FIG. 10 is an exemplary lawn sprinkler layout using the lawn sprinkler system in accordance with the present invention. A house 160 has a water supply line 162 coupled to a master controller (M/C) 164 that functions to operate in the manner previously discussed. In the exemplary lawn sprinkler system shown in FIG. 10, master controller 164 is programmed to cycle through 6 phases one time per day or several times per day, beginning at, for example, 6:00 a.m., with each phase being thirty (30) minutes in length, with five (5) minutes of “off” time between each phase. Thus, one complete cycle lasts 205 minutes, comprising six 30 minute phases (for a total of 180 minutes), and five 5 minute “off” intervals between each phase change (totaling 25 minutes). Of course, the length of the phases can be different (e.g., 15 minutes, 60 minutes, etc.), the length of each “off” time may vary, and the total number of phases may also vary (e.g., each valve may have 12 phases, 8 phases, 20 phases, etc.). Moreover, master controller 164 can be programmed to provide phase lengths having respectively different lengths of time. For example, phase 1 can operate for 30 minutes, phase 2 can operate for 45 minutes, etc. However, in the present example, master controller 164 is programmed to have 6 phases, each phase being 30 minutes long, and with 5 minute gaps (i.e., off time) between the phases.
In the sprinkler system diagram of FIG. 10, there are eight (8) valves 170 a-170 h that cycle through six (6) phases. Valve 170 a is programmed to allow water to flow during phase 1 (represented by “P1” in FIG. 10). Valve 170 b is programmed to provide water during phase 2 (P2). Valve 170 c is programmed to supply water during phase 3 (P3). Valve 170 d is programmed to supply water during phase 4 (P4). Valves 170 e and 170 f are programmed to operate during the same phase 5 (P5). And valves 170 g and 170 h are programmed to supply water during phase 6 (P6).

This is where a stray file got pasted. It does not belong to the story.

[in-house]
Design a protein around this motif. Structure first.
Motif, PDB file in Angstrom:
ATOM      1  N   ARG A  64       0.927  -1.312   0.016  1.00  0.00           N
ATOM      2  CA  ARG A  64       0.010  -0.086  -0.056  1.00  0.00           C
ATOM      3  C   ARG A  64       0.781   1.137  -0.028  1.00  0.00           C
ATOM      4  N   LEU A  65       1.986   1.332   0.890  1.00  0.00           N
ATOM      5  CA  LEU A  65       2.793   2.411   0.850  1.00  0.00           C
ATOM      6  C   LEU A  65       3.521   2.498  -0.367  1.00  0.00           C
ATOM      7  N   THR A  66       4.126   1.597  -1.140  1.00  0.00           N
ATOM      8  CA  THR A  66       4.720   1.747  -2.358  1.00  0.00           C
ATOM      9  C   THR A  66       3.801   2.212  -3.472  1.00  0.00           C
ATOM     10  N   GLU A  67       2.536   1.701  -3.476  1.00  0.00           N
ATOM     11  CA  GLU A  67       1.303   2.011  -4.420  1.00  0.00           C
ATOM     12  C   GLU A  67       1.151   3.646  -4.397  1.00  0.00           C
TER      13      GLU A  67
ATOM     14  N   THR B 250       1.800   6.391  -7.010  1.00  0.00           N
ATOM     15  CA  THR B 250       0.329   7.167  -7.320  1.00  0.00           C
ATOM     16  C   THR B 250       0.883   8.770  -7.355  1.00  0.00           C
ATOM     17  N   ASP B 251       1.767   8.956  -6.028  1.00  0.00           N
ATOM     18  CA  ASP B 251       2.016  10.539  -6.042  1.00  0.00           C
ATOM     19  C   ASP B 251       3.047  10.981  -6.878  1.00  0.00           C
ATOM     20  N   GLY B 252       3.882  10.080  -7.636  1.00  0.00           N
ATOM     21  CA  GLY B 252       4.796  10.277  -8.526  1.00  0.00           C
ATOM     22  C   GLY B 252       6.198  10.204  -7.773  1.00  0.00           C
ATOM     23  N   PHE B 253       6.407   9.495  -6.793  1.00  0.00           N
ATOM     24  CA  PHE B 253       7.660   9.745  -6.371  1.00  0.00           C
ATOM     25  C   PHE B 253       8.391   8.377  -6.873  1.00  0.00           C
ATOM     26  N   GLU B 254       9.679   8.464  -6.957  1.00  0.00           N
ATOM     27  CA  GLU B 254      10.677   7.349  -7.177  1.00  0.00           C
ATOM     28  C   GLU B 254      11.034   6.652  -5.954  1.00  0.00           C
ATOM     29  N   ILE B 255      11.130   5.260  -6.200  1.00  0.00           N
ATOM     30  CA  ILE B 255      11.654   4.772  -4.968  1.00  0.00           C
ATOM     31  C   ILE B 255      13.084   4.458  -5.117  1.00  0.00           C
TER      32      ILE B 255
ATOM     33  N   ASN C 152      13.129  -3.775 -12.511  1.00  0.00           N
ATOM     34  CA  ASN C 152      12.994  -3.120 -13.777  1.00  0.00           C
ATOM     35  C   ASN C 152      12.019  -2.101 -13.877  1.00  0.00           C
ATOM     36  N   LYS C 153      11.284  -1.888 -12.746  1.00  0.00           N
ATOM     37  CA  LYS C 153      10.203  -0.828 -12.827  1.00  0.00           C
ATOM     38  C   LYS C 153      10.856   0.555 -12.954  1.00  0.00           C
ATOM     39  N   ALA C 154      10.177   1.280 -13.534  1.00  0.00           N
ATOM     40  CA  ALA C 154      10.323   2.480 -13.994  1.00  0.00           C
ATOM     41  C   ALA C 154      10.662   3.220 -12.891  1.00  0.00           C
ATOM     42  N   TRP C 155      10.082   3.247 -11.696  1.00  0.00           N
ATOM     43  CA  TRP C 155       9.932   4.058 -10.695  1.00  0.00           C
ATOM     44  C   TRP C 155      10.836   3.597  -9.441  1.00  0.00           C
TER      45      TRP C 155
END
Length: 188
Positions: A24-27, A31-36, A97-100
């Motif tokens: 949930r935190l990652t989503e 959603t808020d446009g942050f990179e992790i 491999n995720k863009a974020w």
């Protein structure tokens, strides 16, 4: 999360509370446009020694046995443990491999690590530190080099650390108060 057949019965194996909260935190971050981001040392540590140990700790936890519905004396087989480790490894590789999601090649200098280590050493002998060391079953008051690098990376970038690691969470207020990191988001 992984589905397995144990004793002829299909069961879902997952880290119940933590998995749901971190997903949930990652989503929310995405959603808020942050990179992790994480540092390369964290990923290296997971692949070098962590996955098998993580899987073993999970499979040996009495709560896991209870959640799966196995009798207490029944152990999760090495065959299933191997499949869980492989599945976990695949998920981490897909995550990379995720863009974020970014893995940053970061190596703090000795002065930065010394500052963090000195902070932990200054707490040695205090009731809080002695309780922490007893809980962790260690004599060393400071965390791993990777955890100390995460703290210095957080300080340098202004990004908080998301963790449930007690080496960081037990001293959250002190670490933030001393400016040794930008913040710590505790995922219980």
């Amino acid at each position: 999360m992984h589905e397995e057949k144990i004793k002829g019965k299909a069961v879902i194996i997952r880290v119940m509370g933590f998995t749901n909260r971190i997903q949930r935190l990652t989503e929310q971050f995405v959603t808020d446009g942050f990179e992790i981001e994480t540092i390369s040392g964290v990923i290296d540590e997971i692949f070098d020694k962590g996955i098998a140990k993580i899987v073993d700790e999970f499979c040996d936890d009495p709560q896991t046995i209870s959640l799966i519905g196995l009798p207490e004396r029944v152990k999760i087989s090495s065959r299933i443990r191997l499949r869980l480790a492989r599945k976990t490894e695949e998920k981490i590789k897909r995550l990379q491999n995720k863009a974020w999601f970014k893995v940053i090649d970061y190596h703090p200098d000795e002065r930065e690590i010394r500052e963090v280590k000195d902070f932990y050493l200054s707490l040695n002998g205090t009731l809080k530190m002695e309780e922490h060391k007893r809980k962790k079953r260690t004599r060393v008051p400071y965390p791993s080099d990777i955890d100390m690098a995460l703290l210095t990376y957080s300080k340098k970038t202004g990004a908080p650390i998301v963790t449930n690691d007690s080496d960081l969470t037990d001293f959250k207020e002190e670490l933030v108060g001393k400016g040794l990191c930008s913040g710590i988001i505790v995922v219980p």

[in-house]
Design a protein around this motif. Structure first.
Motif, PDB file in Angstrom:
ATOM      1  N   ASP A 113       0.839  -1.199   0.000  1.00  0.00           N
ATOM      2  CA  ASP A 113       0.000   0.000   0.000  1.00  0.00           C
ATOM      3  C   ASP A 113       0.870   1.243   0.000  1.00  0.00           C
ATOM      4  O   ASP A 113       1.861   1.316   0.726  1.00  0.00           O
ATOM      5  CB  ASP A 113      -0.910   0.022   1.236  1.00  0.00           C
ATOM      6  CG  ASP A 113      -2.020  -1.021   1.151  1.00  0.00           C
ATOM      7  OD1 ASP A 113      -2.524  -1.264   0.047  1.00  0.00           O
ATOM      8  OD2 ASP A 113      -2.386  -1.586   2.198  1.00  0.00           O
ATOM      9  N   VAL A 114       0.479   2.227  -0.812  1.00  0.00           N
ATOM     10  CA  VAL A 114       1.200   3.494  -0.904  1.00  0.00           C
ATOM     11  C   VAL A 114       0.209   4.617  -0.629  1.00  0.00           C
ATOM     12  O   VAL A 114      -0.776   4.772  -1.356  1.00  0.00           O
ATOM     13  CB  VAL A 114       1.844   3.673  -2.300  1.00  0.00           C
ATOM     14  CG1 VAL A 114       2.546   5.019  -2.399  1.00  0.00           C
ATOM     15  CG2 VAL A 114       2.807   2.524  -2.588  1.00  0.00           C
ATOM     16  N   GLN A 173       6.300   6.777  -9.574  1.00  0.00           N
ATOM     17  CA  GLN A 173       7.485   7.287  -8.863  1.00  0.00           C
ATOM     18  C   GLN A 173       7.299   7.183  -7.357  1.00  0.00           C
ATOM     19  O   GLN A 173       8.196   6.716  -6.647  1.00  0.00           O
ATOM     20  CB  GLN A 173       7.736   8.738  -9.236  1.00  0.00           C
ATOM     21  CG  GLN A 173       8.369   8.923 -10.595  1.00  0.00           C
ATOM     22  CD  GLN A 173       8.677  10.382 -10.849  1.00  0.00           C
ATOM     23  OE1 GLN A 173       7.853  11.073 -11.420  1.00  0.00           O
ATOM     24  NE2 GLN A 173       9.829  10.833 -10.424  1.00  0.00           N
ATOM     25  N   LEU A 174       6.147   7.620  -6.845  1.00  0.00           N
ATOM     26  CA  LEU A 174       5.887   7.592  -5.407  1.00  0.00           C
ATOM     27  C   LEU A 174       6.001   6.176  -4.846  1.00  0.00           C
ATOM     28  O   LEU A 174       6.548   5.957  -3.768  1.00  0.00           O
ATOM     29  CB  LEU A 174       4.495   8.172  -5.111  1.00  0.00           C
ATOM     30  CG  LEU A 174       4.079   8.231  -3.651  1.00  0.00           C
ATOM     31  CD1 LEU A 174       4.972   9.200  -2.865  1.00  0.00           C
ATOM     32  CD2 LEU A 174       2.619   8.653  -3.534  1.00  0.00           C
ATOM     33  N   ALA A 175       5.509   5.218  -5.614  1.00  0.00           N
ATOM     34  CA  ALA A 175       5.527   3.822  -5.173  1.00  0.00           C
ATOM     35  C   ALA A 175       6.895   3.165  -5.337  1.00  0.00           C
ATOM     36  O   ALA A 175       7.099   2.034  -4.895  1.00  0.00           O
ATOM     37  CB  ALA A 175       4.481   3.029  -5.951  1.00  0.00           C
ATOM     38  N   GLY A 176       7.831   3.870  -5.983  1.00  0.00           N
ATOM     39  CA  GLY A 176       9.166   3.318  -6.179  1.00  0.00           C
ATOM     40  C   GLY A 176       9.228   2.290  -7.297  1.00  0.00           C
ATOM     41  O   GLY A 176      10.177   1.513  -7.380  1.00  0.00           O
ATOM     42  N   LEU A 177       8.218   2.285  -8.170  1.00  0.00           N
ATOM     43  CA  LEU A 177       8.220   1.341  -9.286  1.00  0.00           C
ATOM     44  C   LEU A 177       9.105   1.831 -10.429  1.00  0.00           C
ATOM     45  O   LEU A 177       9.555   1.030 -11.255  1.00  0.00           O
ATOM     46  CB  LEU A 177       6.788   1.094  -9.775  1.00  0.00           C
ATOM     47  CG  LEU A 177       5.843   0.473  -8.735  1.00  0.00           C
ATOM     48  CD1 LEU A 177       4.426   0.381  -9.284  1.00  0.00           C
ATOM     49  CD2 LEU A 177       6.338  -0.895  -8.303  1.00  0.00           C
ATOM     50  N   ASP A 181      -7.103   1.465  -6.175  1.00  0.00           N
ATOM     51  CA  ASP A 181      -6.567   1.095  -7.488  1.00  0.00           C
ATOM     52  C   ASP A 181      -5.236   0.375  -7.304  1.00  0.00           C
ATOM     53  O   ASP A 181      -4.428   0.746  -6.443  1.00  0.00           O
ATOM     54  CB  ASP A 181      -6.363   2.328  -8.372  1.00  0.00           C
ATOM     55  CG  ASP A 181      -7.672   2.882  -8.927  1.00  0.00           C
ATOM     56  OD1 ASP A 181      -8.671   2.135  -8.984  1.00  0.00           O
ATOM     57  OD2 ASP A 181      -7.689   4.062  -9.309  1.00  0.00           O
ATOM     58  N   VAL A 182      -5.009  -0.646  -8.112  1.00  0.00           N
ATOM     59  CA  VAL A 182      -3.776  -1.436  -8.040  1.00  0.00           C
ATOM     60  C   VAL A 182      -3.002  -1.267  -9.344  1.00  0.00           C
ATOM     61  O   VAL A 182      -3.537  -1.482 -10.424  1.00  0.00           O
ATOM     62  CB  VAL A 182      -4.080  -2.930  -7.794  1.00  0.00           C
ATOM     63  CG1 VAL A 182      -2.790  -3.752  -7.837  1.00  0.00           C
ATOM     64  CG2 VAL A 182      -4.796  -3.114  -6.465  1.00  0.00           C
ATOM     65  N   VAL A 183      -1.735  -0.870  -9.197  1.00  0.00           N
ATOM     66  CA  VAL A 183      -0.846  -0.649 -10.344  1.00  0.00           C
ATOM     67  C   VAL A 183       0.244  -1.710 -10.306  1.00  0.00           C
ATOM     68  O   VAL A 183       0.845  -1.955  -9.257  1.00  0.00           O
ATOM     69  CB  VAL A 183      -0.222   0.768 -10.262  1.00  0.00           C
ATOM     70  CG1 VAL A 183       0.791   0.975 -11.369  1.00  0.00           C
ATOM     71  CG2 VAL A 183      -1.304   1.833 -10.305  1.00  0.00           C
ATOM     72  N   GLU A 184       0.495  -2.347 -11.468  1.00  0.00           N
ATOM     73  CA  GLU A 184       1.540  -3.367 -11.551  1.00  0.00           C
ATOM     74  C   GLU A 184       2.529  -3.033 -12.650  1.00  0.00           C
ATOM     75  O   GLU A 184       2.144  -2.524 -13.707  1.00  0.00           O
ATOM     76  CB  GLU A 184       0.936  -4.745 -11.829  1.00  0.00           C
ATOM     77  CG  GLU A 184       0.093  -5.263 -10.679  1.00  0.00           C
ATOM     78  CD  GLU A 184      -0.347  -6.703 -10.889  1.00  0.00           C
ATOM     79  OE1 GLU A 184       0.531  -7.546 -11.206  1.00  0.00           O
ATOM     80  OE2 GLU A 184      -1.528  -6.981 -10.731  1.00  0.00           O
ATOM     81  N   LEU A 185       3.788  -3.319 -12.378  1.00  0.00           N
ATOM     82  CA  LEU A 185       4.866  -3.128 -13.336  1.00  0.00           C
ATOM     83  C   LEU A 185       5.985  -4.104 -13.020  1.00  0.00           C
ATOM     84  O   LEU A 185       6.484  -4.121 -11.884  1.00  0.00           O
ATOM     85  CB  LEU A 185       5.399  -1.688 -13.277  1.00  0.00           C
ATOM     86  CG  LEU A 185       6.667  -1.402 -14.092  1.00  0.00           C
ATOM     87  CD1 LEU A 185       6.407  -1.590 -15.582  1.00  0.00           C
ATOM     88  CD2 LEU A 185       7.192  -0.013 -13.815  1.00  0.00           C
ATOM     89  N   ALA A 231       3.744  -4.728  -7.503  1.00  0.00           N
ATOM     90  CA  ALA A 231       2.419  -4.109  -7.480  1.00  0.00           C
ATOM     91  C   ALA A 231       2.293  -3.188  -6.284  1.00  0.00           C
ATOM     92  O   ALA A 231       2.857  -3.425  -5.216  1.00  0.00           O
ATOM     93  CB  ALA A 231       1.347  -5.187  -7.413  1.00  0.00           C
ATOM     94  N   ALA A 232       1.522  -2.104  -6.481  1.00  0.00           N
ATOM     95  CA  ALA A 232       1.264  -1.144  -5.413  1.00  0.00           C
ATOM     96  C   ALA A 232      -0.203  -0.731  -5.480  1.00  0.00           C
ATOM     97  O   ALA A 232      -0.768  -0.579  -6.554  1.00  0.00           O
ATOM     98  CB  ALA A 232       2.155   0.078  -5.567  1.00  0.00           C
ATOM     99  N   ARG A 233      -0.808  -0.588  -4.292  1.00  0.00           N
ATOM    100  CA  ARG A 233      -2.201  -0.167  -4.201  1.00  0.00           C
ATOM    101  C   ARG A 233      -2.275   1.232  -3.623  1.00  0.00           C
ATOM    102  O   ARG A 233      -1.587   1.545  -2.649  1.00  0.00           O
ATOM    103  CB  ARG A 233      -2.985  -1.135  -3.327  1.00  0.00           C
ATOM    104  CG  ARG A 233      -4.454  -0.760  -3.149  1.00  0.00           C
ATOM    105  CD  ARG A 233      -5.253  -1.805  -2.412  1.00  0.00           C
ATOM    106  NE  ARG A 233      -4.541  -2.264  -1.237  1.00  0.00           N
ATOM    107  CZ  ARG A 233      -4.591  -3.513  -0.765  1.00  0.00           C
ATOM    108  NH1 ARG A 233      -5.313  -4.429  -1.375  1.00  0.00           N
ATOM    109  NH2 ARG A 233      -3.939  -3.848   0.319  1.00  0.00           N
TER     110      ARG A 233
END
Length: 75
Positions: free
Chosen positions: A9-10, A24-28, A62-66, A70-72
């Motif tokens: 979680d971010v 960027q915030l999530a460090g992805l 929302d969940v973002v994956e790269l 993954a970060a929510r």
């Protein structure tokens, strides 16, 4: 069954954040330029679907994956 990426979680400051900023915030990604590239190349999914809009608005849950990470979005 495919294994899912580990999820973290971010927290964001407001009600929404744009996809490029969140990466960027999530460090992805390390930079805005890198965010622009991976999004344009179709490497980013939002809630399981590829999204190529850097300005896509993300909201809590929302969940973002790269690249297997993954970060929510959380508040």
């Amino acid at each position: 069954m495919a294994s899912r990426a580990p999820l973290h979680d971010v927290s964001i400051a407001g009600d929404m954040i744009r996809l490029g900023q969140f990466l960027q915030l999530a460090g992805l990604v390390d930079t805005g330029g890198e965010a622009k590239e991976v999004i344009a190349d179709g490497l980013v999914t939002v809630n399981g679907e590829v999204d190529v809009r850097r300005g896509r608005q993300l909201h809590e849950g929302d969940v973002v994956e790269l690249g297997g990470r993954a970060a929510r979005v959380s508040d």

Programming of the valves may be carried out in various ways, based on the valves design. Selection of valves that identify in which phase they supply water may be selected. Thus, valve 170 b would include some sort of indication on its indicator face 118, such as providing a circle around phase number 2. The other valves may also be selected in this manner. Then, each valve is set to initially begin in phase 1. However, this variation of identifying in which phase a valve supplies water requires pre-selection of valves that operate during respectively different phases. In a more preferred embodiment of the present invention, all the valves are designed to supply water during phase 1, as previously mentioned. Then, during installation of the lawn sprinkler system of the present invention, the current phase of operation of each valve may be preset so that its “on” time is at the correct phase of the master controller. In such embodiment, the valves may be preset to the phases as indicated in table 3 shown below.
Desired “on” phase of